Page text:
Interview with The Green Director Steven Williford

Cinematic storytelling by a director who is anything but green.

By , Columnist

Steven Williford directed the film festival darling The Green. After many years as an award-winning theatre director, while simultaneously balancing a decade-long gig as a soap opera director, his first feature, shot in a miraculous 17 days, is currently in release. By the end of this year the film will have screened at festivals in nearly 50 cities worldwide, and has already gleaned 16 awards along the way, two of which honor Williford as Best Director.

People call you an “actor’s director” because of how passionately and intimately you work with actors. I think I might label you as a “thinking man’s director” because you have such a facility to get deep inside the story, no matter what the medium.

I can’t remember a time even as a child when I wasn’t telling stories. I definitely have a storytelling gene. I attribute that to two factors: growing up in rural North Carolina and the rich storytelling legacy in my own family. My paternal grandmother was a reader. Every month, the Book Mobile drove 12 miles out of its way to stop at the country store she and my grandfather ran so she could borrow more books.

I will never forget the story she told me throughout my childhood of a little boy named Epaminondas. She told the story to me so many times that I memorized it. Several years ago, I came across a book called The Story of Epaminondas and His Auntie, originally published in 1907. It was the story she had told me hundreds of times. My grandmother either read it or had it read to her so many times that she had memorized the book. I thought she had made it up!

What kinds of stories did you tell when you were a kid?

In middle and high school, I was always relied upon to tell some kind of story. I was always fascinated by the paranormal, so I became known for my ghost stories. I went a little further with them at home, staging incredibly elaborate events to try to scare my sisters. I remember hearing about “happenings” during the hippie movement of the '60s and trying to recreate what I thought were happenings. Later when I was studying theatre history I learned about happenings. Clearly, what I had done with my sisters was not a happening at all, but just an elaborate prank designed to scare them.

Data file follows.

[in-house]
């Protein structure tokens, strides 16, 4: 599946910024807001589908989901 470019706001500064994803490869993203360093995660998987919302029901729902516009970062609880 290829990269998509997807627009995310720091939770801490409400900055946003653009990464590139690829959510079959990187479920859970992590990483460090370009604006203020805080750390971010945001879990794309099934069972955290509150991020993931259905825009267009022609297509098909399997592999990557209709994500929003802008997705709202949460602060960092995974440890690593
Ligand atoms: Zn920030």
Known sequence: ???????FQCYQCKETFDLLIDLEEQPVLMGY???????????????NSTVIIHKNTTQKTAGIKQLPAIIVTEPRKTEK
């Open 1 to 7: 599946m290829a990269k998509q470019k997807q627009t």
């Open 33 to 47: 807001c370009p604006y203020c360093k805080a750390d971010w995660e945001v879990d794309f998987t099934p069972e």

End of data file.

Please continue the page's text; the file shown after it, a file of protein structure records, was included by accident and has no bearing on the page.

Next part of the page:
You always have film, television, and theatre projects in your mix. If I took two of these media away, what would you choose?

I’ve had 25 years in the theatre, 31 if you count the years I spent acting. I feel lucky to have fulfilled a lot of my goals there. I can’t see a time when I wouldn’t be working in the theater because I still have a list of plays as long as my arm that I would love to tackle. When my schedule allows I will always grab a theatre opportunity.

But, if you are making me choose one, I would choose filmmaking. It’s still brand new to me, and I haven’t worked with the tools of filmmaking the same way I have in theatre. So, I still have many ideas and dreams in that field.

The story of The Green has many layers. How did you capture such a deeply nuanced story in 17 days?

Part of that is due to years of shooting up to 100 pages a day on a daytime drama. It was like training as a boxer: some days conditioning, a little sparring, strategizing, studying other fighters, etc. Daytime television put a camera in my hand, day in, day out, year in and year out.

Also, I trust the actors to act. I work with them on the details of story, character, and circumstance, and then I try to get out of their way.

What do you love most about filmmaking?

How deeply you can crawl inside the story. It’s different in the theatre. In theatre, you work to expand the story to fill the space, whether it’s a Broadway house or a 50-seat theater in the round. It’s the director’s responsibility to expand the event of the storytelling out to the farthest reaches of the room. In film, you bring the spectator to the story. Then you release them into a sort of a freefall into the film. Also, after working for so many years in a multi-camera environment, I am drawn to the grace of a single camera shoot in film.

You’re in an industry that is very label-conscious, with even me labeling you at the beginning of this interview. How would you want to be labeled?

I’d like to be labeled or known as someone who is an inspiring collaborator. No matter the medium, story-telling requires a collaborative effort, and being part of a story-telling community brings me a great deal of joy. Stories are primal. They are necessary. It’s how we order and filter our dreams and experiences.

For more about The Green, visit the movie's official website

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Bridget Fonger is the co-author of “The Lazy Woman’s Guide to Just About Everything,” a book that helps women become happier, more passionate and fulfilled by living the “Lazy Way,” aka with less stress and more joy! Ms. Fonger has been featured on HGTV several times with her home décor and…

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